We’ve all been there. We reached the final year of high school and discovered the college, the school, the job, the career that we wanted, and we attempted to move forward. We did everything we thought we needed to do—and more—to ensure that we would land one of the open seats in the version of the future that we wanted most. But sometimes, that “more” becomes problematic; we go in too deep, lose ourselves along the way, perhaps do some things we wouldn’t normally do—or for reasons we wouldn’t have previously considered. Jason Odell Williams explores these potential problems as he leads us down four very unique paths toward Ivy League schools, scholarships and higher positions on the corporate (or, in this case, political) ladder.
When I first started reading Personal Statement, I thought I would be reading four accounts of completely separate lives that only shared the difficult acts of writing the personal statement and applying to the “right college.” But it proves to be much more than that. These four characters either know one another or meet over the course of the journey, reminding us not only of how small the world can be but, perhaps more importantly, how our decisions impact others. Two of the main characters, Emily and Rani (pronounced “Ronnie”), are best friends on very different paths (though this is unknown to Emily Kim): Emily being the overly-driven, all-that-matters-is-getting-into-Harvard-no-matter-the-costs high school senior, while Rani is more or less burnt-out, looking for a much more easy-going, fulfilling, perhaps equestrian, lifestyle. Then there’s Robert, a homosexual African American student who wants only to start over in Europe, rather than pursue the college of his family’s choice; also, he met Emily previously at a student program, beginning first as friends, only to let their competitive natures get the better of them. Last, we see A.J. (or Alexis), a mid-twenties woman who has already gone through the personal statement process but who finds herself throwing herself into a new job suddenly, in the hopes of getting her foot in the door at the White House, which involves interacting with these teens directly over the course of a weekend. Each of these four find themselves looking for that final leg up, something to help them stand out—maybe some unique volunteer work? A hurricane blowing into Connecticut, perhaps?
Yes, exactly. So we find these four characters colliding in a small town in Connecticut, offering up their (kindest? most sincere? intrinsic?) services, with the thought in the back of their minds of using this experience for a resume, personal statement or future job application. This is where the heart of the story is, where the sentiment is at its most complicated: we’re watching four people who want something so much that they are willing to do something wonderful (volunteering to help those in need at a potentially dire time) for the completely wrong reasons. So then we’re forced to ask the question, “Can performing a good deed ever impact our character negatively?” I feel Emily, Rani, A.J. and Robert spend much of their stories interacting with and answering this exact question, determining what can result from misplaced intentions, or perhaps wanting the wrong thing—or wanting something far too much.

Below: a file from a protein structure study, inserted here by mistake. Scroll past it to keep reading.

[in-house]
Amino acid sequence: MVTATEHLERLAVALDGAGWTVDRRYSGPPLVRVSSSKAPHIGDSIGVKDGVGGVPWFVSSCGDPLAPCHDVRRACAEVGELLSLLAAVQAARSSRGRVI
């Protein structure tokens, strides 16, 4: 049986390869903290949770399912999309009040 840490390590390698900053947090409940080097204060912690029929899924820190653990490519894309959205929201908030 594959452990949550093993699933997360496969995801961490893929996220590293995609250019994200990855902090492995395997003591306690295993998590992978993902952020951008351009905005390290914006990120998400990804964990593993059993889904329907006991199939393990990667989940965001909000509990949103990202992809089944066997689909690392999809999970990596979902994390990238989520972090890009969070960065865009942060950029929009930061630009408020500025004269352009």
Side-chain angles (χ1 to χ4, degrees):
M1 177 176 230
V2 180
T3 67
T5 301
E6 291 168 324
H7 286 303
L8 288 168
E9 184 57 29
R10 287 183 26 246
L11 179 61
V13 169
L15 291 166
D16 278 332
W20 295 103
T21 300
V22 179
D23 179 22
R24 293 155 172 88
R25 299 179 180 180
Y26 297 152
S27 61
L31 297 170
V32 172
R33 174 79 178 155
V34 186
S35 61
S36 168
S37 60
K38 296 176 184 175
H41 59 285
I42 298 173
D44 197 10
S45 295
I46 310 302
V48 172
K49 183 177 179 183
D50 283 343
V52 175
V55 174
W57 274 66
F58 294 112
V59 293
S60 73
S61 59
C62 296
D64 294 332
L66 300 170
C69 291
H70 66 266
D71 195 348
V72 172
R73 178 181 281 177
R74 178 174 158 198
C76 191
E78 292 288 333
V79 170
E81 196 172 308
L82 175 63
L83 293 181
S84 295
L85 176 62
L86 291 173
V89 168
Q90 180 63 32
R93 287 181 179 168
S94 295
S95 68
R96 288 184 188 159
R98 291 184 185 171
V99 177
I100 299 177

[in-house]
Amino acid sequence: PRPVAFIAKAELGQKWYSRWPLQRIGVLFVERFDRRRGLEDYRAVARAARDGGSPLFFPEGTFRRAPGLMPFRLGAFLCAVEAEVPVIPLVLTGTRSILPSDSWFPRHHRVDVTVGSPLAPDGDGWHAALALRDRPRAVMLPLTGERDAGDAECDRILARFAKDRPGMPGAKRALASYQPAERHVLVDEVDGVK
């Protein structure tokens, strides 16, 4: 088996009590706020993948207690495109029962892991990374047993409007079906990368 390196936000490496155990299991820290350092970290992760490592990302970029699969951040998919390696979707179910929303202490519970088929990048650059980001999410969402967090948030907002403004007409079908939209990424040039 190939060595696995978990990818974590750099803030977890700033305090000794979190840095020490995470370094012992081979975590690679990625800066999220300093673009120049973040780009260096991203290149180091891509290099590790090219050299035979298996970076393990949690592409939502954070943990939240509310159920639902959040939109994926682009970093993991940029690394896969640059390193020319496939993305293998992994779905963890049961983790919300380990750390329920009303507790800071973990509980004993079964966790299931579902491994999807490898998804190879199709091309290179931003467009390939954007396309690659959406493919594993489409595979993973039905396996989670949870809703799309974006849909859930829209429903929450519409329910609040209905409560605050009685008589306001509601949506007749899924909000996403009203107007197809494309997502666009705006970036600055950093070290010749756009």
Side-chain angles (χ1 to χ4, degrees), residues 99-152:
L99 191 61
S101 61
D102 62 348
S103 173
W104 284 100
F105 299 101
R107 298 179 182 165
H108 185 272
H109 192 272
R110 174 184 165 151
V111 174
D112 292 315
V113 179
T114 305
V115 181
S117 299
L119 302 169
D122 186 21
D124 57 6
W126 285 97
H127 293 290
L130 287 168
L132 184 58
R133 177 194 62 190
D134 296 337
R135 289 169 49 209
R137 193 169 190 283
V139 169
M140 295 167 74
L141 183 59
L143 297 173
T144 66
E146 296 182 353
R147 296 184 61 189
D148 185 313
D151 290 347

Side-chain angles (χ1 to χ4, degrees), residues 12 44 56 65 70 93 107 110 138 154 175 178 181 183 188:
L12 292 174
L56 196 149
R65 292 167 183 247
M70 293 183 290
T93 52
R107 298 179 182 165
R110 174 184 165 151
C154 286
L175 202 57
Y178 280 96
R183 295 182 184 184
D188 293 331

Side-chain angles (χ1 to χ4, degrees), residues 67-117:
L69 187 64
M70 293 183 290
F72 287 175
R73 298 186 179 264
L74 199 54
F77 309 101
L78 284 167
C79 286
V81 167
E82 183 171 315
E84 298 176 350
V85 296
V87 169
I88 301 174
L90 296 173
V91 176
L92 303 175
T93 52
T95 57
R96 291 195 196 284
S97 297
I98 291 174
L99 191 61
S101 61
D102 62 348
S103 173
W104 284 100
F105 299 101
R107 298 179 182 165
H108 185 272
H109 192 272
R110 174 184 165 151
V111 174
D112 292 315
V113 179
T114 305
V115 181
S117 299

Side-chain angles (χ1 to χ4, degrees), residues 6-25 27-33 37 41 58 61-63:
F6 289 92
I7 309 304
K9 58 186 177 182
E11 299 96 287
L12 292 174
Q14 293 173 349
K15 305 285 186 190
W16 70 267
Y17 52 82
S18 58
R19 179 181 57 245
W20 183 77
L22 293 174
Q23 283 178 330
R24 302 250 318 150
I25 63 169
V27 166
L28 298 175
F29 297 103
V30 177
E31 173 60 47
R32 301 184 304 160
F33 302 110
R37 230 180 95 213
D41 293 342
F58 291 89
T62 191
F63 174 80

Jason Odell Williams’ debut novel, Personal Statement, is a fine piece of young adult literature, teeming with humor and wit, and asking major questions about motive and priorities, as well as engaging with some of the more interesting developmental questions that come with adolescence (see, perhaps, James Marcia’s developmental model, which I couldn’t help but constantly think back to while reading these characters’ journeys). Rotating between characters chapter-by-chapter, I found this to be a difficult one to put down, wanting to continue listening to one character’s journey, and later marveling at their interconnectedness toward the end. Perhaps there will be some parents who will take offense at this, but I agree with earlier reviews that see this as a must-read for graduating seniors, their parents, and even their school counselors who may or may not assist in the college application process. Sometimes we have to slow down and reconsider our desires and how they are prioritized and what we’re willing to do and who we’re willing to be to gain those desires—and Williams’ novel is one to encourage just that.
JASON ODELL WILLIAMS is an Emmy Award-nominated writer & producer of the television series, “Brain Games”—the highest rated show on the National Geographic Channel. As a playwright, his work has been produced at regional theatres across the country and in New York City. Originally from Columbia, Maryland, and a graduate of The University of Virginia, Jason lives in New York City with his actress-singer-director-producer wife, Charlotte Cohn, and their daughter, Imogen, who is working on her hyphenates as we speak. Personal Statement is his first novel. For more please visit his website.